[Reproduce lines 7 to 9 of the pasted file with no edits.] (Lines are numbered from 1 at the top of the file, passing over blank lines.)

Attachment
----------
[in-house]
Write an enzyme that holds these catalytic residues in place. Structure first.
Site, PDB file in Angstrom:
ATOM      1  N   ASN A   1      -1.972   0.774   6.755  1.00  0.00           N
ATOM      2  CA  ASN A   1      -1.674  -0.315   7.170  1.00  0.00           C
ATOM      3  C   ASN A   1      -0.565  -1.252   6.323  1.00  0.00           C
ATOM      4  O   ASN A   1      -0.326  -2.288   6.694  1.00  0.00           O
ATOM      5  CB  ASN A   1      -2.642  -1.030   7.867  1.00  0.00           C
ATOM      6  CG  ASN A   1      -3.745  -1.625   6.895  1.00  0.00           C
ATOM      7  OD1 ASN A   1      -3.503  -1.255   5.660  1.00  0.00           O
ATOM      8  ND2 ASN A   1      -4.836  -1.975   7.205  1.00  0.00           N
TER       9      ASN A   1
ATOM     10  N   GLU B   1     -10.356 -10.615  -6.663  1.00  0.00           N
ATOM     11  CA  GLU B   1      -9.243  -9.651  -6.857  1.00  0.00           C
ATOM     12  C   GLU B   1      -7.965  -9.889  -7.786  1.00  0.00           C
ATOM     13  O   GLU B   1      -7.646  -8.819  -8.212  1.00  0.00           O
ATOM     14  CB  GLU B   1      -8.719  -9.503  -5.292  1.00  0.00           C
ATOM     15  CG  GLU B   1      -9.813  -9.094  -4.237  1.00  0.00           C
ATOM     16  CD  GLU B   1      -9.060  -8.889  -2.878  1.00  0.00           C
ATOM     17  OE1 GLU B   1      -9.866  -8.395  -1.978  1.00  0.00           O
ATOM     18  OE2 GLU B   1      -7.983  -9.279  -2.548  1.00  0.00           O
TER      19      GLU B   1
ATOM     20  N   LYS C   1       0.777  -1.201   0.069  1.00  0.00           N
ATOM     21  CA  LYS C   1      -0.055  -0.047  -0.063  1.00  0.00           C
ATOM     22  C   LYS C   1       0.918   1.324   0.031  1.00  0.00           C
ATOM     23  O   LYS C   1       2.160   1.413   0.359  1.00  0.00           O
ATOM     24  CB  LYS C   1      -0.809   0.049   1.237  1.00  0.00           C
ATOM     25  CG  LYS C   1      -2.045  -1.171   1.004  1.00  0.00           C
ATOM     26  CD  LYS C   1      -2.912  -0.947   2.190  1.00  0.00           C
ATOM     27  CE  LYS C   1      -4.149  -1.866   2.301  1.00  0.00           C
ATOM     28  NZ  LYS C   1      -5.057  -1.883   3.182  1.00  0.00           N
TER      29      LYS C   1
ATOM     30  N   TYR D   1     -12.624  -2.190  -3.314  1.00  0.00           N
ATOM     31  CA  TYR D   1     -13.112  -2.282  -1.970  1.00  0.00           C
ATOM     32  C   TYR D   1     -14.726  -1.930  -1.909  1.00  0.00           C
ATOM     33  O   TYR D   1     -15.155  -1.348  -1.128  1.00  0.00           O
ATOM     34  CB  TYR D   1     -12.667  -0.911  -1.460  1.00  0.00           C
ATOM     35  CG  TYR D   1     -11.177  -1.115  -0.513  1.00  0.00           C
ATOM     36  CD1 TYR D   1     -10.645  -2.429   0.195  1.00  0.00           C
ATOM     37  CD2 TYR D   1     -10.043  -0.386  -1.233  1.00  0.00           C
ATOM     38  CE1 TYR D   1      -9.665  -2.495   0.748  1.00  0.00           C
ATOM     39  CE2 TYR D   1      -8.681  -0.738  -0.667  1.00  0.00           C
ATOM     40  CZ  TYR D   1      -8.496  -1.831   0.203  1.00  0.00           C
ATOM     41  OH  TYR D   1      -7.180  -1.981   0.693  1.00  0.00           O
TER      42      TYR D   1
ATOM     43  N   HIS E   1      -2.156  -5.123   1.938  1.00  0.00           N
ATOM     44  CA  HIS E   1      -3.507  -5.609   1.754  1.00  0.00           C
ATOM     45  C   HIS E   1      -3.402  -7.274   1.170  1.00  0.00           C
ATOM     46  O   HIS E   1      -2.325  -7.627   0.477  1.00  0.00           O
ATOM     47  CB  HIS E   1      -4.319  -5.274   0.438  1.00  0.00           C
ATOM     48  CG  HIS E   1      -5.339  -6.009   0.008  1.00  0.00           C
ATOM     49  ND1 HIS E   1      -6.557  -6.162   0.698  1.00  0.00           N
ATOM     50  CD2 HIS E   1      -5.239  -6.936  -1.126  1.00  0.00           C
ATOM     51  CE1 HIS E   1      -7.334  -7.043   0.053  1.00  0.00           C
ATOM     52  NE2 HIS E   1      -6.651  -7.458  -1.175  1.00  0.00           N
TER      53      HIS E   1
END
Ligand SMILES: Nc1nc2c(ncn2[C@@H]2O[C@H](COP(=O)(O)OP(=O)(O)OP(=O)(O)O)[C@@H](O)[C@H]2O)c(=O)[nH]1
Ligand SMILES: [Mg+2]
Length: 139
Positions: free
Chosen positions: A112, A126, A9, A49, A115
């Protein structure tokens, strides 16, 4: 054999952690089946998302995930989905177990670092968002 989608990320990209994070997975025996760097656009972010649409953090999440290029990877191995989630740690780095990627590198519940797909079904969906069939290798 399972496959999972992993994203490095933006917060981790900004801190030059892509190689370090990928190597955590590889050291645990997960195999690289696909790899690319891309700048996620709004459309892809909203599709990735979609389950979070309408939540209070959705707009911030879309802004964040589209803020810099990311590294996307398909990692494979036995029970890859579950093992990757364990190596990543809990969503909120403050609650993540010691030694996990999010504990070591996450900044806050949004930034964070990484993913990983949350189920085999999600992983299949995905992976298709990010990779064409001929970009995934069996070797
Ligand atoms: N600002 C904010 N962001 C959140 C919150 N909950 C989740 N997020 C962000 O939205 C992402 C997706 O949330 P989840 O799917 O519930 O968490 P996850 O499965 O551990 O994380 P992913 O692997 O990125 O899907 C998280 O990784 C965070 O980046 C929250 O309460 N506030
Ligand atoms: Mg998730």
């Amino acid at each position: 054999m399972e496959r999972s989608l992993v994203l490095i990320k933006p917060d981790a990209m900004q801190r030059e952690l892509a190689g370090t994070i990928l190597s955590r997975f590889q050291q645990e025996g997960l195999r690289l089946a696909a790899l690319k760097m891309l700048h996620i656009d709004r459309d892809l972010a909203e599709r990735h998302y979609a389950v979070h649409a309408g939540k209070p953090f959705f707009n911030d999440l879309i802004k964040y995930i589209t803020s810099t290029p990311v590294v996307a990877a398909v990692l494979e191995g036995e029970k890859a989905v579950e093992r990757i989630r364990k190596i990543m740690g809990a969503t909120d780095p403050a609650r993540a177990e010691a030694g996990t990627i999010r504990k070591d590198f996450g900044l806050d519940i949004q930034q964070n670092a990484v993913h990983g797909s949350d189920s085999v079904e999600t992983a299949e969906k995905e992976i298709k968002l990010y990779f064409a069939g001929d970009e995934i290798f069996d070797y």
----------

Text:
ATOM      4  O   ASN A   1      -0.326  -2.288   6.694  1.00  0.00           O
ATOM      5  CB  ASN A   1      -2.642  -1.030   7.867  1.00  0.00           C
ATOM      6  CG  ASN A   1      -3.745  -1.625   6.895  1.00  0.00           C